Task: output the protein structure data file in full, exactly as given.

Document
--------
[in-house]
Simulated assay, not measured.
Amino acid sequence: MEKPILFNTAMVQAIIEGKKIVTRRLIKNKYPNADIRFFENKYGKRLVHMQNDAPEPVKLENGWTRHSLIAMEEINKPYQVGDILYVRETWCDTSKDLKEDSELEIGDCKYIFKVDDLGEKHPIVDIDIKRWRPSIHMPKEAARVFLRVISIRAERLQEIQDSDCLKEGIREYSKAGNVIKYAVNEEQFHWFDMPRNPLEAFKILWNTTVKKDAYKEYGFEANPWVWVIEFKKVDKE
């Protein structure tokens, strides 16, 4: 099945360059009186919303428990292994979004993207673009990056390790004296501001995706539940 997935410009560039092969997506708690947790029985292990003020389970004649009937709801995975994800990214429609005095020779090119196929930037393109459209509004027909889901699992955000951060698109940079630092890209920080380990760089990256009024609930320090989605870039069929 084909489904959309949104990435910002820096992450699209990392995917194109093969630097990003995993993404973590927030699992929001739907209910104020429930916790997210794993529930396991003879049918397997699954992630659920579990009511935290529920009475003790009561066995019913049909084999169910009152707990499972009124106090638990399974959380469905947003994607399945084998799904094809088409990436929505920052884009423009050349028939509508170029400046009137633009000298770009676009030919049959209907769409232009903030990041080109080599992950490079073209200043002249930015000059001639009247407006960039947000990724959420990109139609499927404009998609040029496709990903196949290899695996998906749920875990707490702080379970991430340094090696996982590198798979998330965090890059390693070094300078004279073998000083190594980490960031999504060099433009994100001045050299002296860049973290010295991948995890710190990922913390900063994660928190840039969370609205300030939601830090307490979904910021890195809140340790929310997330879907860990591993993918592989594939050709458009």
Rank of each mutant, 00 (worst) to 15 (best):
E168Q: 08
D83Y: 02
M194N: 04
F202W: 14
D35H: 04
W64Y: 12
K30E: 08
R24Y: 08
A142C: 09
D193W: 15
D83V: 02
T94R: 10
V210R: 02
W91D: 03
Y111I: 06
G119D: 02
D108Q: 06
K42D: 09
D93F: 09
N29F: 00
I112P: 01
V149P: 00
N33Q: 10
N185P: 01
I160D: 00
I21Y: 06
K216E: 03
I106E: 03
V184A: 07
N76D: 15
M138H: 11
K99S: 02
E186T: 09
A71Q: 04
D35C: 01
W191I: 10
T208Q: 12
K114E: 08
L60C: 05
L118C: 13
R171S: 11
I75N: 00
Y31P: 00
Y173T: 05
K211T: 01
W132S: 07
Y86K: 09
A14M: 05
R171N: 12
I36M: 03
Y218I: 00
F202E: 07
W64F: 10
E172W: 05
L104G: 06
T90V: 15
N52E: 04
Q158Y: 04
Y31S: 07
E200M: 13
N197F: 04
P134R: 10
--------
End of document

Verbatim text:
[in-house]
Simulated assay, not measured.
Amino acid sequence: MEKPILFNTAMVQAIIEGKKIVTRRLIKNKYPNADIRFFENKYGKRLVHMQNDAPEPVKLENGWTRHSLIAMEEINKPYQVGDILYVRETWCDTSKDLKEDSELEIGDCKYIFKVDDLGEKHPIVDIDIKRWRPSIHMPKEAARVFLRVISIRAERLQEIQDSDCLKEGIREYSKAGNVIKYAVNEEQFHWFDMPRNPLEAFKILWNTTVKKDAYKEYGFEANPWVWVIEFKKVDKE
């Protein structure tokens, strides 16, 4: 099945360059009186919303428990292994979004993207673009990056390790004296501001995706539940 997935410009560039092969997506708690947790029985292990003020389970004649009937709801995975994800990214429609005095020779090119196929930037393109459209509004027909889901699992955000951060698109940079630092890209920080380990760089990256009024609930320090989605870039069929 084909489904959309949104990435910002820096992450699209990392995917194109093969630097990003995993993404973590927030699992929001739907209910104020429930916790997210794993529930396991003879049918397997699954992630659920579990009511935290529920009475003790009561066995019913049909084999169910009152707990499972009124106090638990399974959380469905947003994607399945084998799904094809088409990436929505920052884009423009050349028939509508170029400046009137633009000298770009676009030919049959209907769409232009903030990041080109080599992950490079073209200043002249930015000059001639009247407006960039947000990724959420990109139609499927404009998609040029496709990903196949290899695996998906749920875990707490702080379970991430340094090696996982590198798979998330965090890059390693070094300078004279073998000083190594980490960031999504060099433009994100001045050299002296860049973290010295991948995890710190990922913390900063994660928190840039969370609205300030939601830090307490979904910021890195809140340790929310997330879907860990591993993918592989594939050709458009």
Rank of each mutant, 00 (worst) to 15 (best):
E168Q: 08
D83Y: 02
M194N: 04
F202W: 14
D35H: 04
W64Y: 12
K30E: 08
R24Y: 08
A142C: 09
D193W: 15
D83V: 02
T94R: 10
V210R: 02
W91D: 03
Y111I: 06
G119D: 02
D108Q: 06
K42D: 09
D93F: 09
N29F: 00
I112P: 01
V149P: 00
N33Q: 10
N185P: 01
I160D: 00
I21Y: 06
K216E: 03
I106E: 03
V184A: 07
N76D: 15
M138H: 11
K99S: 02
E186T: 09
A71Q: 04
D35C: 01
W191I: 10
T208Q: 12
K114E: 08
L60C: 05
L118C: 13
R171S: 11
I75N: 00
Y31P: 00
Y173T: 05
K211T: 01
W132S: 07
Y86K: 09
A14M: 05
R171N: 12
I36M: 03
Y218I: 00
F202E: 07
W64F: 10
E172W: 05
L104G: 06
T90V: 15
N52E: 04
Q158Y: 04
Y31S: 07
E200M: 13
N197F: 04
P134R: 10